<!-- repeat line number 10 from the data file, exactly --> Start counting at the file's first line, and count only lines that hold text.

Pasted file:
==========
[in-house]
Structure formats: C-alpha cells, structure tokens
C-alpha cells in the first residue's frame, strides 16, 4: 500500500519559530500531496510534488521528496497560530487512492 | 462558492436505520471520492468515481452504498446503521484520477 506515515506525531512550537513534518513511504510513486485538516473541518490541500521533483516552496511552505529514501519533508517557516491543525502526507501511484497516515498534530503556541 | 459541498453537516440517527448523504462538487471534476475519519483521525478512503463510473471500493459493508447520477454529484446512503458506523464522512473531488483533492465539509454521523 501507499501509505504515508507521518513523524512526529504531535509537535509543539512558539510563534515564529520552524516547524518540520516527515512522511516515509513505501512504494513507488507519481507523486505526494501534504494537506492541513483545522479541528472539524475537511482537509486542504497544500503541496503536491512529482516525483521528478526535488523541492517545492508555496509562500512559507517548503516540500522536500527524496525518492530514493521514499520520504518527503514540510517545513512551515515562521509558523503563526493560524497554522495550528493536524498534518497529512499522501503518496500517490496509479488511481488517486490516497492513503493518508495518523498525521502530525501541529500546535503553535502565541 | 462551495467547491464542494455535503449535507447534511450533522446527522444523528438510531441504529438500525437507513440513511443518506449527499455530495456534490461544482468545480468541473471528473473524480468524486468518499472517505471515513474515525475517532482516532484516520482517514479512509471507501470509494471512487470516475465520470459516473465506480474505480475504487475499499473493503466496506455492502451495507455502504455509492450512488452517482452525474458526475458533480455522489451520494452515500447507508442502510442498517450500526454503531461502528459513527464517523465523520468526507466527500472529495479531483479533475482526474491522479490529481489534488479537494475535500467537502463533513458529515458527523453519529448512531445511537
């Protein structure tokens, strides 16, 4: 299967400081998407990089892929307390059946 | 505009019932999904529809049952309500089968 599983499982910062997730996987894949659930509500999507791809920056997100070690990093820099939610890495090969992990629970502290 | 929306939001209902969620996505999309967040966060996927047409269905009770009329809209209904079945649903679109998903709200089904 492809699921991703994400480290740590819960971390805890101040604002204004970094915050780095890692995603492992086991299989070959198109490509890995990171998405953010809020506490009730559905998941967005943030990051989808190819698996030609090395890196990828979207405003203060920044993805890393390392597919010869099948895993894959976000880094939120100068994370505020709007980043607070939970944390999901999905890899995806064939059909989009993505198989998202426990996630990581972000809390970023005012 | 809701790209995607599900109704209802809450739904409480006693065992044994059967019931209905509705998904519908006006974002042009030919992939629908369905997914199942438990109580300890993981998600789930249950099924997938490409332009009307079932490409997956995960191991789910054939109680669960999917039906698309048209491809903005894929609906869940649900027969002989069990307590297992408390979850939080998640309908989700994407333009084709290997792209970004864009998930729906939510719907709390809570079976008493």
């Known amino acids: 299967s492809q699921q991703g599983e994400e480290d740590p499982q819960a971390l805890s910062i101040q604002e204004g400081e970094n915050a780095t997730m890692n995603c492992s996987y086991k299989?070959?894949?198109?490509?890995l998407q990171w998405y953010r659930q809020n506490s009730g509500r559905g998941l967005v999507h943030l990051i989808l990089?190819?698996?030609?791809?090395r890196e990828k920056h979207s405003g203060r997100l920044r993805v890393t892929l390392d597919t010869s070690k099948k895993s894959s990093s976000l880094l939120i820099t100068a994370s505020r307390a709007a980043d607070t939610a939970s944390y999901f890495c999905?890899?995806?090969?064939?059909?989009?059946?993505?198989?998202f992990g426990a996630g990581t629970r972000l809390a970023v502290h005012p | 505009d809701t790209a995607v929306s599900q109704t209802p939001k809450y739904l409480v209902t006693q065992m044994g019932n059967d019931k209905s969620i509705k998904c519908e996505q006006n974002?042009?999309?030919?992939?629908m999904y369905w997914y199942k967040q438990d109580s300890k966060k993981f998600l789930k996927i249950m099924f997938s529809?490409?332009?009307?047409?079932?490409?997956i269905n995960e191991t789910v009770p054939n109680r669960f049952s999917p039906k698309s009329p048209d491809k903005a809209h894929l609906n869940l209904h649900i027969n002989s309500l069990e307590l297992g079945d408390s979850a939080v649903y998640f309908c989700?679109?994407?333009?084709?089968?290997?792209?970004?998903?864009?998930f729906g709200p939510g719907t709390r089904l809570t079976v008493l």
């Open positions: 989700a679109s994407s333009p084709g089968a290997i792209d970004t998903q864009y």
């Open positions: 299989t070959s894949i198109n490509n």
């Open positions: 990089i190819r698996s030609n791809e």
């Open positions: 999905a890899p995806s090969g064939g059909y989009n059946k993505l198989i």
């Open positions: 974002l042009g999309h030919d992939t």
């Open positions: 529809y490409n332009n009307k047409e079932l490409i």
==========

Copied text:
């Open positions: 974002l042009g999309h030919d992939t």